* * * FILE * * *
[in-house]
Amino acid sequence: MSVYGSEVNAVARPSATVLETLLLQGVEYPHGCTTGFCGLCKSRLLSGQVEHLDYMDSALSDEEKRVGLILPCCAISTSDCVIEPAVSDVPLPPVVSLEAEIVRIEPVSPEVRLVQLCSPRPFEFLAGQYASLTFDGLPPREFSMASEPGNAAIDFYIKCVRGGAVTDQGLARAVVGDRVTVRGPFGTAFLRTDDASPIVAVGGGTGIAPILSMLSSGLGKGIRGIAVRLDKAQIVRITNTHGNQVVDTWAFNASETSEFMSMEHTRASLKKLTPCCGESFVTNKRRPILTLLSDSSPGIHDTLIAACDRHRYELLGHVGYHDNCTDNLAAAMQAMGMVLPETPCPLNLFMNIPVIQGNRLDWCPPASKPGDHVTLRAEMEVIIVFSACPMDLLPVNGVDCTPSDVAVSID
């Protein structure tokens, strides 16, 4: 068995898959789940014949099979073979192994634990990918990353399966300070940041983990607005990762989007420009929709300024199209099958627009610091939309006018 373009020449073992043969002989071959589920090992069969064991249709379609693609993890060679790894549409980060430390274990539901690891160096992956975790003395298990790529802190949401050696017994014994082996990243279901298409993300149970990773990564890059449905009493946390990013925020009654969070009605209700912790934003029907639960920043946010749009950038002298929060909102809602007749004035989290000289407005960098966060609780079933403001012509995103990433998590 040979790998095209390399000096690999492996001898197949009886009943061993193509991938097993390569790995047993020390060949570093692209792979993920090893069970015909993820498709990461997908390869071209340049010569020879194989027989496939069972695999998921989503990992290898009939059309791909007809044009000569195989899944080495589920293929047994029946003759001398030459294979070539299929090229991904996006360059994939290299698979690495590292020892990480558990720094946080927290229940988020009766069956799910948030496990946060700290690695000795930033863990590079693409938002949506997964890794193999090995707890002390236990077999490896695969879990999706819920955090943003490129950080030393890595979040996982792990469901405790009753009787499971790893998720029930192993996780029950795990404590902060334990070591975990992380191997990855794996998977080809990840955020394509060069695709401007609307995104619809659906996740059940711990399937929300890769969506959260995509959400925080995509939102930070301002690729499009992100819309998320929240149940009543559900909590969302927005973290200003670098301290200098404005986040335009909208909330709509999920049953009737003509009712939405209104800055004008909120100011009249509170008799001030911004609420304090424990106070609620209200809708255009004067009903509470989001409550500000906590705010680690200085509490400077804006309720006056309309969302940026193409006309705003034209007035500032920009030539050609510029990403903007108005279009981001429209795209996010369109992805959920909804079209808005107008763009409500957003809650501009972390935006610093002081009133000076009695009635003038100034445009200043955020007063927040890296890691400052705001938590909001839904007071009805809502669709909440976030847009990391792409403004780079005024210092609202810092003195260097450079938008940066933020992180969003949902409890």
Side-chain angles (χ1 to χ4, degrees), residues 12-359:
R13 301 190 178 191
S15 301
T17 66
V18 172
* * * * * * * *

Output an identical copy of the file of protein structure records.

[in-house]
Amino acid sequence: MSVYGSEVNAVARPSATVLETLLLQGVEYPHGCTTGFCGLCKSRLLSGQVEHLDYMDSALSDEEKRVGLILPCCAISTSDCVIEPAVSDVPLPPVVSLEAEIVRIEPVSPEVRLVQLCSPRPFEFLAGQYASLTFDGLPPREFSMASEPGNAAIDFYIKCVRGGAVTDQGLARAVVGDRVTVRGPFGTAFLRTDDASPIVAVGGGTGIAPILSMLSSGLGKGIRGIAVRLDKAQIVRITNTHGNQVVDTWAFNASETSEFMSMEHTRASLKKLTPCCGESFVTNKRRPILTLLSDSSPGIHDTLIAACDRHRYELLGHVGYHDNCTDNLAAAMQAMGMVLPETPCPLNLFMNIPVIQGNRLDWCPPASKPGDHVTLRAEMEVIIVFSACPMDLLPVNGVDCTPSDVAVSID
């Protein structure tokens, strides 16, 4: 068995898959789940014949099979073979192994634990990918990353399966300070940041983990607005990762989007420009929709300024199209099958627009610091939309006018 373009020449073992043969002989071959589920090992069969064991249709379609693609993890060679790894549409980060430390274990539901690891160096992956975790003395298990790529802190949401050696017994014994082996990243279901298409993300149970990773990564890059449905009493946390990013925020009654969070009605209700912790934003029907639960920043946010749009950038002298929060909102809602007749004035989290000289407005960098966060609780079933403001012509995103990433998590 040979790998095209390399000096690999492996001898197949009886009943061993193509991938097993390569790995047993020390060949570093692209792979993920090893069970015909993820498709990461997908390869071209340049010569020879194989027989496939069972695999998921989503990992290898009939059309791909007809044009000569195989899944080495589920293929047994029946003759001398030459294979070539299929090229991904996006360059994939290299698979690495590292020892990480558990720094946080927290229940988020009766069956799910948030496990946060700290690695000795930033863990590079693409938002949506997964890794193999090995707890002390236990077999490896695969879990999706819920955090943003490129950080030393890595979040996982792990469901405790009753009787499971790893998720029930192993996780029950795990404590902060334990070591975990992380191997990855794996998977080809990840955020394509060069695709401007609307995104619809659906996740059940711990399937929300890769969506959260995509959400925080995509939102930070301002690729499009992100819309998320929240149940009543559900909590969302927005973290200003670098301290200098404005986040335009909208909330709509999920049953009737003509009712939405209104800055004008909120100011009249509170008799001030911004609420304090424990106070609620209200809708255009004067009903509470989001409550500000906590705010680690200085509490400077804006309720006056309309969302940026193409006309705003034209007035500032920009030539050609510029990403903007108005279009981001429209795209996010369109992805959920909804079209808005107008763009409500957003809650501009972390935006610093002081009133000076009695009635003038100034445009200043955020007063927040890296890691400052705001938590909001839904007071009805809502669709909440976030847009990391792409403004780079005024210092609202810092003195260097450079938008940066933020992180969003949902409890």
Side-chain angles (χ1 to χ4, degrees), residues 12-359:
R13 301 190 178 191
S15 301
T17 66
V18 172